Back in the Olivier theatre where I saw my first play at the National , I was delighted to see the magnificent revolving stage on entry. It gets me every time. The smell, the smoke and the darkened atmosphere set the tone for what I already knew was going to be a touching performance. Yaël Farber, the director, took us to the timeless setting of a colonial village, opening the performance with 3 African female singers projecting their voices across the audience, accompanied by The Woman (Sheila Atim) who remained a strong comforting presence throughout Les Blancs.
Written on her death bed after Lorraine Hansberry experienced various racist attacks and later became a political activist, the script was completed by her former husband, Robert Nemiroff in 1969. Hansberry took theatre on a new journey dedicated to African American people and culture. She wanted to demonstrate the realities of being black, rather than maintaining the mainstream commercial white theatre where absurdism was highly present. Hansberry overcame this huge challenge, which Yaël Farber, tackled with excellent skill and precision.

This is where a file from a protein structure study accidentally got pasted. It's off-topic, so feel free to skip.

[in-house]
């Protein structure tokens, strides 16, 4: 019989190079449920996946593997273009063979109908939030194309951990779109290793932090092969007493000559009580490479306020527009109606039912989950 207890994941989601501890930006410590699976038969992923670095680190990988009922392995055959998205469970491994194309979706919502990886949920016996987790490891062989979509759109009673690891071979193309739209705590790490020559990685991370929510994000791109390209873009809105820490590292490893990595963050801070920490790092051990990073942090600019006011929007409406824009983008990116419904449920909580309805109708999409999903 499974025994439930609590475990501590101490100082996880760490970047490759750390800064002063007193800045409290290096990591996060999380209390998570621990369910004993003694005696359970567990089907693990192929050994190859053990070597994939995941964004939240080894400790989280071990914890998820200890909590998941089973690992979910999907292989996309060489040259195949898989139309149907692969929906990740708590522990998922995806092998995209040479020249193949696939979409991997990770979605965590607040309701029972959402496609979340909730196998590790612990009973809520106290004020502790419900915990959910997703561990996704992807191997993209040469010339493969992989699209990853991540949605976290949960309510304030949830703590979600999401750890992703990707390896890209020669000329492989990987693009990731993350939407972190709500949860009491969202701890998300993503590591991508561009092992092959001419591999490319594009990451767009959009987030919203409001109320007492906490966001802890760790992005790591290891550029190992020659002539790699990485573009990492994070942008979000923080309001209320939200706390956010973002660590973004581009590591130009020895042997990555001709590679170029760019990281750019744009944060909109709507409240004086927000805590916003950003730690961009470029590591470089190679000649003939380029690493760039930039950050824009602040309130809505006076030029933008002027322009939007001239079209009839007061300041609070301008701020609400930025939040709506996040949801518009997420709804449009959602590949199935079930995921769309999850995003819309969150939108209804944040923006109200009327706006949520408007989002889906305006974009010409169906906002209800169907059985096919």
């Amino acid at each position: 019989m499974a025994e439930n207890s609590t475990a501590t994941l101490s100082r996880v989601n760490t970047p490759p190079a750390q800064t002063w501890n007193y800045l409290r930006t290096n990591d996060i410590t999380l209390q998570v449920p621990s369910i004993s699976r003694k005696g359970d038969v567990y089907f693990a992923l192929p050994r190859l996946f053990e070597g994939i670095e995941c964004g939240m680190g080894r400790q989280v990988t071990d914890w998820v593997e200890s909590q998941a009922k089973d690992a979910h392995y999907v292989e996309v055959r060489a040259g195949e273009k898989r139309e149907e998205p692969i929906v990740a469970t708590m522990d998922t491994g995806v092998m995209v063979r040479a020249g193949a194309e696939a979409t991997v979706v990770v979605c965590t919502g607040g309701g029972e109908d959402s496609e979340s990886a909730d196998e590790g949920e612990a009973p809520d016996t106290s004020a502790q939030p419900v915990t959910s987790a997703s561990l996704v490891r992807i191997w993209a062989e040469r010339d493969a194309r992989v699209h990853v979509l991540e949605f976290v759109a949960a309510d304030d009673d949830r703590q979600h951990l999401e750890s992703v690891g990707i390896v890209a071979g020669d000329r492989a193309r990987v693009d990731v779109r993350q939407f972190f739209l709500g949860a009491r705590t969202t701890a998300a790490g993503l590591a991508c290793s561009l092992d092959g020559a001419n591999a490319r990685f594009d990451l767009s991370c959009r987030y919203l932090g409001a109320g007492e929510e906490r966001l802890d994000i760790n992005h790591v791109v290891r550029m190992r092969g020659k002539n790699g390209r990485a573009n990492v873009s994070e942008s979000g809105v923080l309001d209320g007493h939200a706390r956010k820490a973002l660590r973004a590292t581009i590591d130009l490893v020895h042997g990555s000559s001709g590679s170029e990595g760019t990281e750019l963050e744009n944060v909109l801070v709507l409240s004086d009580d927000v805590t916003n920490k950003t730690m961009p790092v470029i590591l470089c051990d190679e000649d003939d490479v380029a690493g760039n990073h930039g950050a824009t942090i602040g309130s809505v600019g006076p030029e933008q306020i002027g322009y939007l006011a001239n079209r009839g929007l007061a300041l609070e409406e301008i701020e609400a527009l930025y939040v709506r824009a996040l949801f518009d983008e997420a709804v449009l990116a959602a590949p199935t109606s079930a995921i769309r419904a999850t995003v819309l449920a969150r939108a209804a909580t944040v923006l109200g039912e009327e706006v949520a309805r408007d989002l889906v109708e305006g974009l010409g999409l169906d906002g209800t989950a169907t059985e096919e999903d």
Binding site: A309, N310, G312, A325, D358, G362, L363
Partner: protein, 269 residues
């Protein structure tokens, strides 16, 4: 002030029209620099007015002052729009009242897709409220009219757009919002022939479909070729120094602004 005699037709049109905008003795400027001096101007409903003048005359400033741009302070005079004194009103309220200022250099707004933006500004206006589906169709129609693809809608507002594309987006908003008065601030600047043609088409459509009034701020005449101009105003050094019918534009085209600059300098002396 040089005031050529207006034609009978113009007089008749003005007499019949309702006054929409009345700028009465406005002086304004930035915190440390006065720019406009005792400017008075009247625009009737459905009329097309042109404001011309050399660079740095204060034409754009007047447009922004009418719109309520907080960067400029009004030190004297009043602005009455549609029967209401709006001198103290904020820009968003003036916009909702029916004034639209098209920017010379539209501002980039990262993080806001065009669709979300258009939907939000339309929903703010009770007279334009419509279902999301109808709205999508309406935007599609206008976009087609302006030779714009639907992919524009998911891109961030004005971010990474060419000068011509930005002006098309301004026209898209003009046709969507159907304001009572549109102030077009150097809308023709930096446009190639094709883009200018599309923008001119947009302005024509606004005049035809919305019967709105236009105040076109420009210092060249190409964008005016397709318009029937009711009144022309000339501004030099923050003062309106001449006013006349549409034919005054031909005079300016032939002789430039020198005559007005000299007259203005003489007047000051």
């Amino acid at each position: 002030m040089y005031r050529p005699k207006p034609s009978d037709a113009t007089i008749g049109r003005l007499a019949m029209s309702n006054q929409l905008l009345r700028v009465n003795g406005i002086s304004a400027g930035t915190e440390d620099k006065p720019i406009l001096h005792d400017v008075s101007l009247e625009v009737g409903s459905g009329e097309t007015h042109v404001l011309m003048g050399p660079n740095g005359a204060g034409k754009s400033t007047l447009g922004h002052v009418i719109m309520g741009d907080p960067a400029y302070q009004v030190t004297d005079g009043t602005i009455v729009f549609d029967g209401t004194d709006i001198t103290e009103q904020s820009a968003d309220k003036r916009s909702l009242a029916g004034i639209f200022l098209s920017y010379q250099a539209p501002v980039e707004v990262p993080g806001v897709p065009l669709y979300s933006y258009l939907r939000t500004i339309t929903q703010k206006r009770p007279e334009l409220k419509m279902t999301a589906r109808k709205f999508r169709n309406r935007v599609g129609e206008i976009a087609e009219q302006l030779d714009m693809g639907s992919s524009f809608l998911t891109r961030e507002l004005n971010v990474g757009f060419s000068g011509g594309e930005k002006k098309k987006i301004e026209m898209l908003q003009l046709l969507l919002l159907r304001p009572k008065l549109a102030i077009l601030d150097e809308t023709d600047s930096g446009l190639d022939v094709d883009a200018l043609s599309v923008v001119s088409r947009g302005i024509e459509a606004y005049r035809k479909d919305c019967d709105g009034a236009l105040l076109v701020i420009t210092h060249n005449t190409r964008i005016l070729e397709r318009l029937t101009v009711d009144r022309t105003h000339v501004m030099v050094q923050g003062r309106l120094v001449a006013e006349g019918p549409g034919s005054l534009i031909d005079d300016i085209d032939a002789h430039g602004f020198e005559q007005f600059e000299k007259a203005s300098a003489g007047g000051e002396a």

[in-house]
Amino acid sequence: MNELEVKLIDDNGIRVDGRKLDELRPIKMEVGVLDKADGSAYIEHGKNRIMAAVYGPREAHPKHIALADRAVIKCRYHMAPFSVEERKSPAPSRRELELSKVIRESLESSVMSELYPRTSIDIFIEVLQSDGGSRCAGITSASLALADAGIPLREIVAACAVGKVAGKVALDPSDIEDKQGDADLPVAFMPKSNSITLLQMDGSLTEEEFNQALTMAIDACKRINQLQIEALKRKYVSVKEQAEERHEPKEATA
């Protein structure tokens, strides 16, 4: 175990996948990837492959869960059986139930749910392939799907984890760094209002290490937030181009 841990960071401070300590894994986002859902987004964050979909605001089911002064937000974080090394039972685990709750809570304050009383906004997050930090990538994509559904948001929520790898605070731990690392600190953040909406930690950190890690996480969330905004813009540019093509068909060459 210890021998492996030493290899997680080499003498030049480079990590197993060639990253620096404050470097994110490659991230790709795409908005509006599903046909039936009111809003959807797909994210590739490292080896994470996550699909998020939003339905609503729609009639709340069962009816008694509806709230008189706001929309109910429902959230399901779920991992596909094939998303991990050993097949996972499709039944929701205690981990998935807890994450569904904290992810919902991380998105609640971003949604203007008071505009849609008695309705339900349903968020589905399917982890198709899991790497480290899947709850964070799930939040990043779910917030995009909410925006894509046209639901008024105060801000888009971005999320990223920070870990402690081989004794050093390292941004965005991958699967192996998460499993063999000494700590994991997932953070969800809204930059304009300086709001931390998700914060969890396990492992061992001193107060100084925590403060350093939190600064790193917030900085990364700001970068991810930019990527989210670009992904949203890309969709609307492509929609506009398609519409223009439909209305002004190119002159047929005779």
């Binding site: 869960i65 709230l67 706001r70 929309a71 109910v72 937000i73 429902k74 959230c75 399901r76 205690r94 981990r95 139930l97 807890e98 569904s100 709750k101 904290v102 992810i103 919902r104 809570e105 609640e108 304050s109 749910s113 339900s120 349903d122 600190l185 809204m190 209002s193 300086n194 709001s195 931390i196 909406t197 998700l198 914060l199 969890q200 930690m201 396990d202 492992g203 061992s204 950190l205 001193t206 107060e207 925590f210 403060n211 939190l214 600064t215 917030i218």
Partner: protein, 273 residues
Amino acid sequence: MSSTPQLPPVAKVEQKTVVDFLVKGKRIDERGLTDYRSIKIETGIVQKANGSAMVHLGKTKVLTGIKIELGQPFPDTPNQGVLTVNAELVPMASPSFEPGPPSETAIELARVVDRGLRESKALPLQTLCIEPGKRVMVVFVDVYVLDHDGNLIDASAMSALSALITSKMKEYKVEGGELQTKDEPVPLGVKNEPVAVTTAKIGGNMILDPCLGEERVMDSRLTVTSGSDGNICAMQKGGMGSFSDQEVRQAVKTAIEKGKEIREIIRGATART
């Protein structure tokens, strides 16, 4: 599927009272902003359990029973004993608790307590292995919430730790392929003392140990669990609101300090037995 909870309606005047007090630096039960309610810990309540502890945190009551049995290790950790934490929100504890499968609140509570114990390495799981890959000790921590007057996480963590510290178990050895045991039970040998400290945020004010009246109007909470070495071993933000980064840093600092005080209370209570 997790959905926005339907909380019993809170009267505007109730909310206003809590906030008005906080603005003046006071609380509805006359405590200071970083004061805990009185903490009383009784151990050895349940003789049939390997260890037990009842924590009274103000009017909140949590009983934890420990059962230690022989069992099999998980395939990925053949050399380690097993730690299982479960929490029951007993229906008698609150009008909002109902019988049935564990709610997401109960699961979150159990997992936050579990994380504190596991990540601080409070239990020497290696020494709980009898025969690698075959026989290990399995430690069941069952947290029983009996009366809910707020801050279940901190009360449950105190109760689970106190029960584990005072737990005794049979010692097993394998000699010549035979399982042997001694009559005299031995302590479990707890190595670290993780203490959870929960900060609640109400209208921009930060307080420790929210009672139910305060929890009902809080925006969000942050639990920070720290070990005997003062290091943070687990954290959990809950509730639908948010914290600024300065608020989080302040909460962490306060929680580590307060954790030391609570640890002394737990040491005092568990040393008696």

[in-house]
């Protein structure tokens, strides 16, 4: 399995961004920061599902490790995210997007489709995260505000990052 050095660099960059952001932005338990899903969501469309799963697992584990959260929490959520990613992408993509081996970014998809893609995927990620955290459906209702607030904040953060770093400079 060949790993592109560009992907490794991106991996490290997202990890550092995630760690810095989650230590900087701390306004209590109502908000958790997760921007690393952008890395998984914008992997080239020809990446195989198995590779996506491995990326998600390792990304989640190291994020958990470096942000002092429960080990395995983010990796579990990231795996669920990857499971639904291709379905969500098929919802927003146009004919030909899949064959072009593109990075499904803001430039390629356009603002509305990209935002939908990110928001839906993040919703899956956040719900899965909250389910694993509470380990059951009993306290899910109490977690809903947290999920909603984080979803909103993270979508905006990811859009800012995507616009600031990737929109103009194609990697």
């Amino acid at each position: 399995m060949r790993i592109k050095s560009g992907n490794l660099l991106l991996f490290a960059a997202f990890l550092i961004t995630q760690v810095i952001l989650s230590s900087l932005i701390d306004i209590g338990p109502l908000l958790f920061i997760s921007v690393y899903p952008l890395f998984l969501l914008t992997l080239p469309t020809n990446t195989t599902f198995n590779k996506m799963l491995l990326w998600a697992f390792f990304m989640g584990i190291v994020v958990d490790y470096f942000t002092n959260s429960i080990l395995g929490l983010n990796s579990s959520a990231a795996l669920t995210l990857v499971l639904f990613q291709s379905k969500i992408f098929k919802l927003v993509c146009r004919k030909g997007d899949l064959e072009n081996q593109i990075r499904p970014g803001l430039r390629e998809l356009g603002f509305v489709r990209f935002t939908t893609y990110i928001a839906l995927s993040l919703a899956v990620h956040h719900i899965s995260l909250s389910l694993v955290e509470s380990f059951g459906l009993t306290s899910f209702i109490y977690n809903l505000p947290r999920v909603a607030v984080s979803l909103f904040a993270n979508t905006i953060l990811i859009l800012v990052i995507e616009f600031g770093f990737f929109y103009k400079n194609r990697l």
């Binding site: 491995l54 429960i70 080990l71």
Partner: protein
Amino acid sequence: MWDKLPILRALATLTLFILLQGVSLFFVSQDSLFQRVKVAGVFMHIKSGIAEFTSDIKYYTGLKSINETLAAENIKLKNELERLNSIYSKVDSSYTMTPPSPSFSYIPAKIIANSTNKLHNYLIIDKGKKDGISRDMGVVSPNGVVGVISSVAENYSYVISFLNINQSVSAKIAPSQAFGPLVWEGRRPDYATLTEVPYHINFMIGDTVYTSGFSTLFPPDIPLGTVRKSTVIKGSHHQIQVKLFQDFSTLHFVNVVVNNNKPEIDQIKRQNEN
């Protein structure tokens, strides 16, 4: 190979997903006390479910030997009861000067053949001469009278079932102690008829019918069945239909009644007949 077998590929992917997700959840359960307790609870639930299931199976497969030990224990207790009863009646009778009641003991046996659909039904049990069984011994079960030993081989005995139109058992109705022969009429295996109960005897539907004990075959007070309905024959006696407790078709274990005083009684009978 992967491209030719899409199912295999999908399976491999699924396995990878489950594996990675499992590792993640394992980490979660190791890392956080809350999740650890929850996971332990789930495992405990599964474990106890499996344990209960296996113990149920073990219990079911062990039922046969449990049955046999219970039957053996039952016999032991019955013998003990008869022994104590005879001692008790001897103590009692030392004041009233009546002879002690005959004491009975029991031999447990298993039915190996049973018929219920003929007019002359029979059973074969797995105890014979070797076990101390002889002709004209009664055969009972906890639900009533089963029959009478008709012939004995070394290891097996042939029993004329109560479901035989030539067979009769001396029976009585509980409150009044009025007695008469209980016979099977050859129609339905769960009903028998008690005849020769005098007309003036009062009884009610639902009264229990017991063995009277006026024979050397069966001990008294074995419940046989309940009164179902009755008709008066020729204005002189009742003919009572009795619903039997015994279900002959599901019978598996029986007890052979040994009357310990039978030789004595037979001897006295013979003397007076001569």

Les Blancs ‘The Whites’ allows a deep insight into black nationalism and white imperialism. An american journalist (Elliot Cowan) arrives at the home of a kind hearted white family of doctors in preparation for his feature on the civil war called a ‘temple to man’s possibility… a way station in the darkness.’ Tshembe Matoseh (Danny Sapani) returns to his village, hoping to see his father who died the day before his arrival, after travelling Europe and settling in London with his white wife and their child. Tshembe becomes trapped in his thoughts as he sees the arbitrary shootings and racists acts of Major Rice (Clive Francis) on the black people of South Africa. He can not hate the white people, but this dreaded reality is making his way of life difficult. The journalist leaves in two minds as to what he actually wants to portray to America.
Hensberry’s and Nemiroff’s pure commitment to this play bleeds through the script, the actors and on to the audience as rarely have I been to a play where individual monologues are applauded throughout. South African director Yaël Farber, dissects Hensberry’s intentions of truth and honesty so accurately that the audience are left astounded.
Hensberry intended for this play to be timeless, set in ‘yesterday, today, tomorrow, but not very long after that,’ as her diary reads. Originally written in 1965, this timeless setting is still accurate today, and certainly will be tomorrow, but who knows for how long after that.